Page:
Editorial |

Shared Accountability, Appropriateness, and Quality of Surgical Care

John L. Zeller, MD, PhD; Phil B. Fontanarosa, MD, MBA
JAMA. 2009;302(14):1590-1591. doi:10.1001/jama.2009.1495.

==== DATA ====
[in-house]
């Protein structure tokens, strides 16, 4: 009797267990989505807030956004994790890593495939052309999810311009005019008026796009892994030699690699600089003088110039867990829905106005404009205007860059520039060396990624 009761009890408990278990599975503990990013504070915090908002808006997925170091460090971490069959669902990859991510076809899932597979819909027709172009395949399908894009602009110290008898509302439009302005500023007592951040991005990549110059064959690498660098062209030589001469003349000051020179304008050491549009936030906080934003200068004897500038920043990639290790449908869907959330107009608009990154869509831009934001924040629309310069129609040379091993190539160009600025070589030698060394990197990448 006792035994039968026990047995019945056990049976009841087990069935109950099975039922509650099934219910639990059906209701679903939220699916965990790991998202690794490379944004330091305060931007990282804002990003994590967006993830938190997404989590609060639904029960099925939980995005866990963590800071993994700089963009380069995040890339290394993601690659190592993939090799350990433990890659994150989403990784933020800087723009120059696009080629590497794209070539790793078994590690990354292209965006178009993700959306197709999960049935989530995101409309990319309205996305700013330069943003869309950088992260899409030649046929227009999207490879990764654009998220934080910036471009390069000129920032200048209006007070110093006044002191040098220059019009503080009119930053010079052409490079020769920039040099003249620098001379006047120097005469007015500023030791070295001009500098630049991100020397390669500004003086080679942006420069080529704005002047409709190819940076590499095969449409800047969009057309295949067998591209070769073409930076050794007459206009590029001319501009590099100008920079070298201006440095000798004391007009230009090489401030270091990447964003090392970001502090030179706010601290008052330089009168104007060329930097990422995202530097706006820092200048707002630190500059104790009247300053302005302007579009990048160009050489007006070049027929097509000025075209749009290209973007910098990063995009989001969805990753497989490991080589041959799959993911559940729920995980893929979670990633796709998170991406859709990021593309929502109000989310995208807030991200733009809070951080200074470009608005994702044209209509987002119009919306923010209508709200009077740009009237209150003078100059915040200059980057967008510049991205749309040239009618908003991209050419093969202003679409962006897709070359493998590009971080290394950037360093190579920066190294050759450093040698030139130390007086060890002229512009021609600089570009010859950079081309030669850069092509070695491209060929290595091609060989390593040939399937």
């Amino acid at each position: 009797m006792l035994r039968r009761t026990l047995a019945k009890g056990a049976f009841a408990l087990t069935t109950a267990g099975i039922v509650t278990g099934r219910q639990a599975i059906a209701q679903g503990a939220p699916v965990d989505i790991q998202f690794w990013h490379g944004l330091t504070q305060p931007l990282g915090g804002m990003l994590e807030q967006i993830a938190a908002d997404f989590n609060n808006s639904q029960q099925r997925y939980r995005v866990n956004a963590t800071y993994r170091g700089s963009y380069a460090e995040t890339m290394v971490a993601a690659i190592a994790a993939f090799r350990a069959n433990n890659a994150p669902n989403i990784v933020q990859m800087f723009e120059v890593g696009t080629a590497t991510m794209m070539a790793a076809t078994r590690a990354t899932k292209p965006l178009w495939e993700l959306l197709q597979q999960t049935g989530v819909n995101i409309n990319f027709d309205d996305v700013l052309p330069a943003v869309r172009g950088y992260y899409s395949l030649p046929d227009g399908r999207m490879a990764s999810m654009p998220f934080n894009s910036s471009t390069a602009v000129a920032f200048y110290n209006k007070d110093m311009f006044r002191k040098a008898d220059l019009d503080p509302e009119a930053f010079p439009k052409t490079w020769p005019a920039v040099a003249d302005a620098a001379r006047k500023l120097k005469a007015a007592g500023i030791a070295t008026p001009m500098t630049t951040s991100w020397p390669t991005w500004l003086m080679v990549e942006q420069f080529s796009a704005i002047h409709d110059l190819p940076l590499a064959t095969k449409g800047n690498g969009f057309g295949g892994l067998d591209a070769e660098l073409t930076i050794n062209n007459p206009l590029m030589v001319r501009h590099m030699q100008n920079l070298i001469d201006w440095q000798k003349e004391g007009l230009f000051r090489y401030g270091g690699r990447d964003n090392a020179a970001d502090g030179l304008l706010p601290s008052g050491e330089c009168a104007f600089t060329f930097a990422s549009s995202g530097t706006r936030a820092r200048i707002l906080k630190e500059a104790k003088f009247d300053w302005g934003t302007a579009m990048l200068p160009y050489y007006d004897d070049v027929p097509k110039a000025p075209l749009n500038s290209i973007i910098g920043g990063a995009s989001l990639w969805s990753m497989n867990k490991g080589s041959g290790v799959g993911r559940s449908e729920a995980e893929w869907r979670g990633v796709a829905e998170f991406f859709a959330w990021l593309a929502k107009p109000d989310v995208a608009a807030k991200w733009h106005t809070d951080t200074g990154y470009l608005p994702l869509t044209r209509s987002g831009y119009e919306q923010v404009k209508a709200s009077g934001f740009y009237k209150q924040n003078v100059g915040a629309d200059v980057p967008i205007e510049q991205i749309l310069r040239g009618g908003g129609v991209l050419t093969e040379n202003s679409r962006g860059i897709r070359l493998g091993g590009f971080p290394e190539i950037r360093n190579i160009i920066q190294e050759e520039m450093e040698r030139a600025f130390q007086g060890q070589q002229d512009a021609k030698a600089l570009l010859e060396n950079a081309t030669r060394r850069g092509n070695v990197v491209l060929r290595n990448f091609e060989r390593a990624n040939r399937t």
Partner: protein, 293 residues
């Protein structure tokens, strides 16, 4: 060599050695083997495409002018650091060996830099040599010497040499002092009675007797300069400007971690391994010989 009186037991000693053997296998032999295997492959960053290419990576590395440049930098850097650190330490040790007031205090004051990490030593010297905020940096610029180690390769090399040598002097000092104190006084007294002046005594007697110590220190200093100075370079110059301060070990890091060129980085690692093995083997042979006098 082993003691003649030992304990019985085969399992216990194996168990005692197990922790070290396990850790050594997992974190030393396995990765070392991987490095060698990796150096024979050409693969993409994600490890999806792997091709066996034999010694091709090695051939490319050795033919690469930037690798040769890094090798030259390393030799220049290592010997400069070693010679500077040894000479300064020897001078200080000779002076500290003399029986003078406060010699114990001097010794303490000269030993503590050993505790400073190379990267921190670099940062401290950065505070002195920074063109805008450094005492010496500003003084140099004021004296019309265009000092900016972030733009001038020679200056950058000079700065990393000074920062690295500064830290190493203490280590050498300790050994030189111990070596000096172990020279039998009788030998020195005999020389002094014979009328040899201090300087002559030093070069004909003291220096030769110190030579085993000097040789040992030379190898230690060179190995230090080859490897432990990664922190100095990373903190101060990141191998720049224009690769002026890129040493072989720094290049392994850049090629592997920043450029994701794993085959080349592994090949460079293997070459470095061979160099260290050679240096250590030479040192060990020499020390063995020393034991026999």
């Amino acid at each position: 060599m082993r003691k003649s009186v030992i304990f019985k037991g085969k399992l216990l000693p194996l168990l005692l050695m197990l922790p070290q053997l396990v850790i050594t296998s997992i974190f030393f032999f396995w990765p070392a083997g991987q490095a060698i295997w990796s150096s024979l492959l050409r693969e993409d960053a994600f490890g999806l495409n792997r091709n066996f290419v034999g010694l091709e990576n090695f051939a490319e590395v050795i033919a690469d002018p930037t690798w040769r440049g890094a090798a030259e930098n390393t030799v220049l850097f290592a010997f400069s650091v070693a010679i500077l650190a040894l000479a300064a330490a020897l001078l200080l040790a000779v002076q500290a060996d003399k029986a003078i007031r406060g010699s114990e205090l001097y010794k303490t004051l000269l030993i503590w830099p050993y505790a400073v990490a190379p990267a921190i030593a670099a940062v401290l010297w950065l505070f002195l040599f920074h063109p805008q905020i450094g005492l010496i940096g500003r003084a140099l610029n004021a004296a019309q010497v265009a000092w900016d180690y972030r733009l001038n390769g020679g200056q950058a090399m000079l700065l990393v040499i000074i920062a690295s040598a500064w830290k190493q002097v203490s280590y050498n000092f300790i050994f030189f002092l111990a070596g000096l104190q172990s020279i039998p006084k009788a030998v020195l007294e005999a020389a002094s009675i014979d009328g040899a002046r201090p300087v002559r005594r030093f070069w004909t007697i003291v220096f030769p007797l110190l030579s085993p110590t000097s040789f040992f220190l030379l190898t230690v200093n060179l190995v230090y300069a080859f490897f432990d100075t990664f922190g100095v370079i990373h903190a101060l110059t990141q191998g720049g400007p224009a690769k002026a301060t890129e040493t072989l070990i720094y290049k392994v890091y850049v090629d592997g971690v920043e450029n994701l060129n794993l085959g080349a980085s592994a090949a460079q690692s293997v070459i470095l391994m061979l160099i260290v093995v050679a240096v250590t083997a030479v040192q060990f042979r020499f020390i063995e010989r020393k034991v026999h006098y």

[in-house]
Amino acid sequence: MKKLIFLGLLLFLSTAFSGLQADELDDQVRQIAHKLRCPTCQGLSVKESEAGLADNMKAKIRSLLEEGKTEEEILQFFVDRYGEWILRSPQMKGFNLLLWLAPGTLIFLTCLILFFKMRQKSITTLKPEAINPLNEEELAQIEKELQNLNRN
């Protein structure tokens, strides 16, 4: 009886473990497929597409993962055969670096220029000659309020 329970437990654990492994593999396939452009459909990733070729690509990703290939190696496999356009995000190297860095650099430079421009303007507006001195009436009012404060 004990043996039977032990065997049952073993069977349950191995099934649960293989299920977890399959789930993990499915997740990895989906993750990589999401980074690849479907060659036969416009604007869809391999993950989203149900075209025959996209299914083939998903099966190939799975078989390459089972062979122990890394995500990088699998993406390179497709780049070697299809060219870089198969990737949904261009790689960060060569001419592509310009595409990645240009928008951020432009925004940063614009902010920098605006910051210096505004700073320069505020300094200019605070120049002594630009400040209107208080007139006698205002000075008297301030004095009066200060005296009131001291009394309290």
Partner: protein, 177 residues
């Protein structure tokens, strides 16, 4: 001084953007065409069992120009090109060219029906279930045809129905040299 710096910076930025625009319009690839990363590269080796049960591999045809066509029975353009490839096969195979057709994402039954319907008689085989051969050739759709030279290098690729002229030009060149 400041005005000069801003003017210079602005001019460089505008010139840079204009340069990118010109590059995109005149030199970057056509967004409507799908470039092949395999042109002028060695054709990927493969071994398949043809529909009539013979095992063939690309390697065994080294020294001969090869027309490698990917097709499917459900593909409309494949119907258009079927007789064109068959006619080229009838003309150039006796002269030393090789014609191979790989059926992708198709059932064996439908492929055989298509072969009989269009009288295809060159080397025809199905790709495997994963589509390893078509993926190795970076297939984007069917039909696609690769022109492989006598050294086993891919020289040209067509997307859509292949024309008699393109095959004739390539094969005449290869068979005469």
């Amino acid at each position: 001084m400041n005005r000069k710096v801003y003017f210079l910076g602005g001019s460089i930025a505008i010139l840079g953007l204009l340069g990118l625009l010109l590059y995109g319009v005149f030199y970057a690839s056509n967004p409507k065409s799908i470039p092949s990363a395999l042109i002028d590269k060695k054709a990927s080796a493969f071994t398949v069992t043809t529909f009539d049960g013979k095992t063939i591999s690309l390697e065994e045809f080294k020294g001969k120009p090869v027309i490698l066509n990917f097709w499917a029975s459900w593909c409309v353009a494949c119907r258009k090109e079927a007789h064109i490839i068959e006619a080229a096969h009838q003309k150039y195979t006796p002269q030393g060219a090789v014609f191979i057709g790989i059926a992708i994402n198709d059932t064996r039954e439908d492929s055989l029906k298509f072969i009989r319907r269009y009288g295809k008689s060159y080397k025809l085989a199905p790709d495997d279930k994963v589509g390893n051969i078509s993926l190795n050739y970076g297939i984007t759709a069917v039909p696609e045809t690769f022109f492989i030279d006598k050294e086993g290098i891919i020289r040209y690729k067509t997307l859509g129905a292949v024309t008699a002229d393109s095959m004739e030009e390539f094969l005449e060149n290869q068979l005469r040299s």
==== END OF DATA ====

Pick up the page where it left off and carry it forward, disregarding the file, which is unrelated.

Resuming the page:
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For a quarter century, an ongoing dialogue has focused on the integrity of the surgical residency training curriculum. The complexities of resident training, the acquisition of cognitive knowledge and technical skills, the quantification of experience, and intricacies of the certification process have been scrutinized and discussed. As a vital constituent in the health care systems of the rural and urban United States, surgeons have benefited from this dialogue, which has contributed to the standards of the profession. In addition, the varied implications of the economic, technological, and workforce challenges that have confronted every academic and community-based surgeon have likewise resulted in reforms and substantial changes in the evolution of surgical education.1 Despite such a deliberate focus on the training and accreditation of surgeons, there now emerge novel challenges related to national health care reform that undoubtedly will affect the current practice of surgery.

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